The elk at Elmwood Park Zoo are gaining neighbors. Not that they seem to care much.

While they quietly graze, the open area next to them buzzes with the whine of circular saws and huge augers. A crew works overhead, perched in the trees like a pack of monkeys with power tools. From the safety of their harnesses, the craftsmen are building platforms, decking and walkways and installing guidewires, swings and rope ladders.

The elk glance momentarily, blink and return to munching, ignoring the increased traffic. Their indifference is an asset, because coming this May, the pace of their neighborhood is going to increase. A lot.

The zoo, which turns an impressive 90 years old this year, remains as vibrant as ever. Its latest expansion project includes Treetop Adventure Park Philadelphia, a series of ziplines for children and adults. When completed, visitors will be able to zoom from tree to tree, scaling heights that rise as high as 80 feet in the air.

Zoo Marketing Director Shaun Rogers is all smiles as the park continues to come together. "The course for the younger kids was the first thing built," he says, referring to the ropes and platforms near the tree trunks and lower branches. "Work started in the late fall - maybe early December - and then stopped because the weather got to be horrible. They were supposed to be right back. But we had snow after snow after snow...."

With the onset of spring, however, construction started again in earnest, and the zip courses are on schedule for a May opening. "They're working on the second-level kids' course, now," Rogers says. The decks and support beams are taking shape for "games," the industry term for obstacles and challenges encountered between the trees.

Very soon, the focus will shift to the adult course, whose beginning point now is a mere strip of orange-red warning tape around three trees in the zoo's playground. "That course goes up the trees, over the playground, across a walkway and then over Stony Creek. It's full-fledged," Rogers promises. His estimate is that the course will be able to accommodate 25 adults at one time and engage them for upwards of three hours.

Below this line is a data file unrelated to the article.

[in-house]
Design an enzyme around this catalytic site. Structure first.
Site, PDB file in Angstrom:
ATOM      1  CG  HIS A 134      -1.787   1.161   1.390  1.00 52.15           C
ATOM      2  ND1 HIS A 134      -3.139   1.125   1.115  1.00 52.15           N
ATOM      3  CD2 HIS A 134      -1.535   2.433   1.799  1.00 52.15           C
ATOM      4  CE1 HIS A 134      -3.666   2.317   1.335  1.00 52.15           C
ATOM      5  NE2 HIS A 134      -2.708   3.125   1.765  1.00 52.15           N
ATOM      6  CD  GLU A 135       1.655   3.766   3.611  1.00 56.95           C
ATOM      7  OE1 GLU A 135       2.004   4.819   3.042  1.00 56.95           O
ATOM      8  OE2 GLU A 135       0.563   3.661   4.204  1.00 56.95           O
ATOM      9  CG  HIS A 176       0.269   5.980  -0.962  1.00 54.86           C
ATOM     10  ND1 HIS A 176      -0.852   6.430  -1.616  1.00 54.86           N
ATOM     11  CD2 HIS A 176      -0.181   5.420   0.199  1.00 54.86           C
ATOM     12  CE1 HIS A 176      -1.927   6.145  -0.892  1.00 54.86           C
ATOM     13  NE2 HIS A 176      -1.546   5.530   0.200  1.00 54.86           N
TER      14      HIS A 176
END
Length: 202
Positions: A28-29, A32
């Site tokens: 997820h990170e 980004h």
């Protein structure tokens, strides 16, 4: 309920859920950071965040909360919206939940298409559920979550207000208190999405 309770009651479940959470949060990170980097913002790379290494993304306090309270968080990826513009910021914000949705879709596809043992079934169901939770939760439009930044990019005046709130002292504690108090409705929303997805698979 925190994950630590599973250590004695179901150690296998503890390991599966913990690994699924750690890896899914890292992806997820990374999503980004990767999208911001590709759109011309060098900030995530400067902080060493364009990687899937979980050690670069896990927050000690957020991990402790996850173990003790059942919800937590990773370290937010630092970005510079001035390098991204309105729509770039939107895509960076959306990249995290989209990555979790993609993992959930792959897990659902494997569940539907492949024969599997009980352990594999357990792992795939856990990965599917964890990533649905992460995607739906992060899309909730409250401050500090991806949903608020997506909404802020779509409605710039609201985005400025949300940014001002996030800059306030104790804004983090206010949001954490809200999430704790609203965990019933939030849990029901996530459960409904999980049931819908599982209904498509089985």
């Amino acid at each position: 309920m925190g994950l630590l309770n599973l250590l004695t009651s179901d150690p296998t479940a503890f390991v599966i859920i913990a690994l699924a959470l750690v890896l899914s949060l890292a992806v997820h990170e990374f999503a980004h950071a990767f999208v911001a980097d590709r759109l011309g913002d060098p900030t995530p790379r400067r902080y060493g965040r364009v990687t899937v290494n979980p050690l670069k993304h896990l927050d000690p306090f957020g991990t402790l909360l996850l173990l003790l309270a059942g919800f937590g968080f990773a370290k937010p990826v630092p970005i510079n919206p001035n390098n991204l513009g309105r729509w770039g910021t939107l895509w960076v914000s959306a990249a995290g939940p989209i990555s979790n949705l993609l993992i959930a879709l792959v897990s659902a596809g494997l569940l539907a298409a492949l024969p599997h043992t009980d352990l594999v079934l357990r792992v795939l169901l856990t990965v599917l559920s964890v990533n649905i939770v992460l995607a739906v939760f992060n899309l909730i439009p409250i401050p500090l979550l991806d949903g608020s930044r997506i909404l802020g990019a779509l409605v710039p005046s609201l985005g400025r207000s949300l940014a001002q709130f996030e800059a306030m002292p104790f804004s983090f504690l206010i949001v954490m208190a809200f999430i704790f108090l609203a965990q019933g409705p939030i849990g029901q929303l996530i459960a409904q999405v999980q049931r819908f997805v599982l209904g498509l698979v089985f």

None of the zips will include interaction with the animals themselves, but they will constantly be in close proximity. In addition to the elk that live beside the kids' lines, the zoo's mighty bison are quite close. Despite the lack of direct animal contact, Rogers says: "There will be an educational component. When you're up on the platforms, there will be signage about the trees that you're attached to and the things that you can see."

The company behind the construction is Tree Top Concept of central Florida, which found the Elmwood Park site particularly advantageous. "We have available open space," Rogers says. "The flexibility is here that other zoos with closed in footprints may not be able to handle." The area across Stony Creek provides enough room to expand all the way westward to the border of Norristown Farm Park.

Given its commitment to conservation and environmental issues, the zoo and Tree Top Concept are making extensive expertise to ensure not only public safety but also natural preservation. "We have a horticulturists that check the trees and make sure that as we go up into them, they're all in good shape and suitable to the construction elements. They also make sure things are safe," Rogers says.

Treetop Adventure Park Philadelphia is only one of a number of new experiences coming to Elmwood Park Zoo this spring:

  • An exotic bird encounter will allow close contact with fine feathered friends, including the ability to feed Sun Conures, medium-sized colorful parrots from northeastern South America. Housing these yellow-and-orange beauties is the former butterfly house, which has been completely transformed by a running waterfall, a pool of tropical fish and beautiful, Brazilian-themed murals.
  • In conjunction, trained bird shows are being added to the schedule of events.
  • A carousel and kiddie train are being installed near the present playground.

Last, the zoo's biggest stars - well, certainly its tallest - are indeed returning for summer 2014. "Our giraffes, Jukuu and Dhoruba, are coming in time for Memorial Day Weekend," Rogers promises, "along with the opportunity again to hand-feed them."

The habitats of the animals at Elmwood Park Zoo have been created with an eye toward making them feel natural and right at home. The staffs associated with the hotels throughout Montgomery County, Pa., are experts at doing the same for humans, crafting cozy nests or luxurious lairs. Check out the options listed on our website. And if your stomach starts to growl, zip over to one of our fine restaurants for a bite. Rock Bottom Restaurant and Brewery, for example, is one of our better watering holes.